Carlos Slim’s América Móvil bought Tracfone Wireless in 1999 and targeted Hispanics with pre-paid mobile services. It used its knowledge of the pre-paid wireless market in Mexico and Latin America to quickly become a market leader in the U.S. Tracfone now has more than 20 million subscribers nationwide and 30% of the fragmented pre-paid market.
Gruma entered the U.S. in the late 1970s, first operating in California and then Texas, producing and selling tortillas to the Hispanic market. Today Gruma is the major producer of tortillas and wraps in the U.S. and has operations in China, the U.K., Central America and Venezuela. It operates 25 bakeries and flour mills in Texas, California, Indiana and Kentucky.
Grupo Modelo, the Mexican brewer of Corona Extra, and Televisa, the Mexican media giant and minority stakeholder in Univision, have followed a similar pattern in the states.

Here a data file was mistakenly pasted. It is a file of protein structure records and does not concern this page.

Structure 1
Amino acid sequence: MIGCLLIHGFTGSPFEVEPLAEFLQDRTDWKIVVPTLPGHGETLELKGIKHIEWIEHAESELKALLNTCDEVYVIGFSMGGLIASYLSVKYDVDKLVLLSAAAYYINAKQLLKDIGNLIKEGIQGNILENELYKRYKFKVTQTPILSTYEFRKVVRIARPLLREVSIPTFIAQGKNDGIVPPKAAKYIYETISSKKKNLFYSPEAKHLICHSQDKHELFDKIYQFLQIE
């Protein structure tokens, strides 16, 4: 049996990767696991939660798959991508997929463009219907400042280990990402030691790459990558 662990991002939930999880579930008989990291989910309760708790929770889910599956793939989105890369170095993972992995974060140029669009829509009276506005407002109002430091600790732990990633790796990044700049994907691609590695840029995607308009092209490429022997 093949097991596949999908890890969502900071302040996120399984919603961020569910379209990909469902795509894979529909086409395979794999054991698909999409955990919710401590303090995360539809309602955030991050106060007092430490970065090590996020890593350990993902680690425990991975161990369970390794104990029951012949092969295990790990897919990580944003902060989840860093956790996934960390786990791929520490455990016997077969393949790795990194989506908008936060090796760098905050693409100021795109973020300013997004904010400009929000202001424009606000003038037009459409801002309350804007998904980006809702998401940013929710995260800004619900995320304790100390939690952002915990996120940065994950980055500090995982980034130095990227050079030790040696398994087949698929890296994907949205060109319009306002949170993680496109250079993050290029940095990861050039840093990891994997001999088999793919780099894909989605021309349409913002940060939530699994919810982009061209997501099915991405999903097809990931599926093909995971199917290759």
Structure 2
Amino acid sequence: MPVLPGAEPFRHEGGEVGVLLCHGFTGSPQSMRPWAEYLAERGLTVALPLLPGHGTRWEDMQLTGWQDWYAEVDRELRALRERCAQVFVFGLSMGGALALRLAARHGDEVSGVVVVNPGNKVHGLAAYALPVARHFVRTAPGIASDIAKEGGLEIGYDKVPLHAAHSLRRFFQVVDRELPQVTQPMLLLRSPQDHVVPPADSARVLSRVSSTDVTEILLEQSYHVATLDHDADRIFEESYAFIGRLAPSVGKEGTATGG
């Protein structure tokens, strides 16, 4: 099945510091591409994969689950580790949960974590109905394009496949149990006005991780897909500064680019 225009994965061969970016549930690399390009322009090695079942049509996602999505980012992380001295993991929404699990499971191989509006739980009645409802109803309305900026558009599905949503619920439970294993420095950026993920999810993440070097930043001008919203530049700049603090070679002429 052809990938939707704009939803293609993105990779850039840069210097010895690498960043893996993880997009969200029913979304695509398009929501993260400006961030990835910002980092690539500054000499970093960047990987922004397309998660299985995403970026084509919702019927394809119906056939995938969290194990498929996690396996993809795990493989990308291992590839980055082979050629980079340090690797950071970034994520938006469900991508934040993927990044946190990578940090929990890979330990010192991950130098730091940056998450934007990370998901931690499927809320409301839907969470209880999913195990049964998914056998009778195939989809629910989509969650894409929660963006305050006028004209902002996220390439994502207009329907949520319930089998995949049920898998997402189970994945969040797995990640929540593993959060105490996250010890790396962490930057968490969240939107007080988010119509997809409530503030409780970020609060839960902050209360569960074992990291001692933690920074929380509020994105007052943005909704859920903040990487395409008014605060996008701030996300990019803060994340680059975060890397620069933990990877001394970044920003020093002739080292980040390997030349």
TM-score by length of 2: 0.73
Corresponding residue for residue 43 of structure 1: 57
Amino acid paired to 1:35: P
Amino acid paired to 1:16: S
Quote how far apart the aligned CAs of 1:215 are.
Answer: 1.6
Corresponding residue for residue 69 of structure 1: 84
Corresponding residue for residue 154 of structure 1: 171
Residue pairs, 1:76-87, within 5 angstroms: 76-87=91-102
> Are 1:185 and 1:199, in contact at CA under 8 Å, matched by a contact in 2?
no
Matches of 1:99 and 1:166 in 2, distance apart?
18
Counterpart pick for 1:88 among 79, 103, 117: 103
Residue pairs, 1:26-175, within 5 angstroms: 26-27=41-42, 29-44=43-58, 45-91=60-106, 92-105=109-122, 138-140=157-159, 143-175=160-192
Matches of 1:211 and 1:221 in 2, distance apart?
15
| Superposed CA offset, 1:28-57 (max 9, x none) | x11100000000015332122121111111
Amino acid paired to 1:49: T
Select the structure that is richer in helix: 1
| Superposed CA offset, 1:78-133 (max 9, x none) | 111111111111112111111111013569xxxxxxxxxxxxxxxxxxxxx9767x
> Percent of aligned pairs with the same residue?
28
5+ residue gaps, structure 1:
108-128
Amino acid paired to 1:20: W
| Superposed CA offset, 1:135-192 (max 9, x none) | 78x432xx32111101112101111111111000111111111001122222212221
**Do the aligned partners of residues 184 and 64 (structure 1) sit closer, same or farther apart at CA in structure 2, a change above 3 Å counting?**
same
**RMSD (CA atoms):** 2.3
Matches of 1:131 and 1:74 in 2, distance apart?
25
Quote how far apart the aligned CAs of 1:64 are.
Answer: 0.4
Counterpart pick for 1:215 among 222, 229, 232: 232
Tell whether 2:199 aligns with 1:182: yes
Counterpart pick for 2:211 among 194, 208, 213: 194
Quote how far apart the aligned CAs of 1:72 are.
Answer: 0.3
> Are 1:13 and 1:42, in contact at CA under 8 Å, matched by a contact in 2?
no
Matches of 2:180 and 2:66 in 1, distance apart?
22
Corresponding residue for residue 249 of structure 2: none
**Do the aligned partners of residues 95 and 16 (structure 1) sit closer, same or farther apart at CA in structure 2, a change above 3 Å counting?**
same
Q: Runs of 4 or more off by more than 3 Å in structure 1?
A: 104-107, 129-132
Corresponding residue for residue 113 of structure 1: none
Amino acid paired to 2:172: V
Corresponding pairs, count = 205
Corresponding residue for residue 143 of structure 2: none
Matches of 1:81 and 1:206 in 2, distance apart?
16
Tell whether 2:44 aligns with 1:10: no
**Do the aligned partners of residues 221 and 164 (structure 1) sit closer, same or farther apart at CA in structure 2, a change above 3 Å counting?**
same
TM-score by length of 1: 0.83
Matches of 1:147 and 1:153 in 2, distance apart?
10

The growth of the Hispanic population has helped Mexican companies get established in the U.S. and increase their profits despite a weak U.S. economy. In turn, the success of these companies and brands has helped create jobs in the U.S. and encourage more trade.
But the secret is out. The Mexicans have proven that the U.S. Hispanic market is lucrative and that it can be a gateway to mainstream success.
I wonder if U.S. companies and brands will catch on.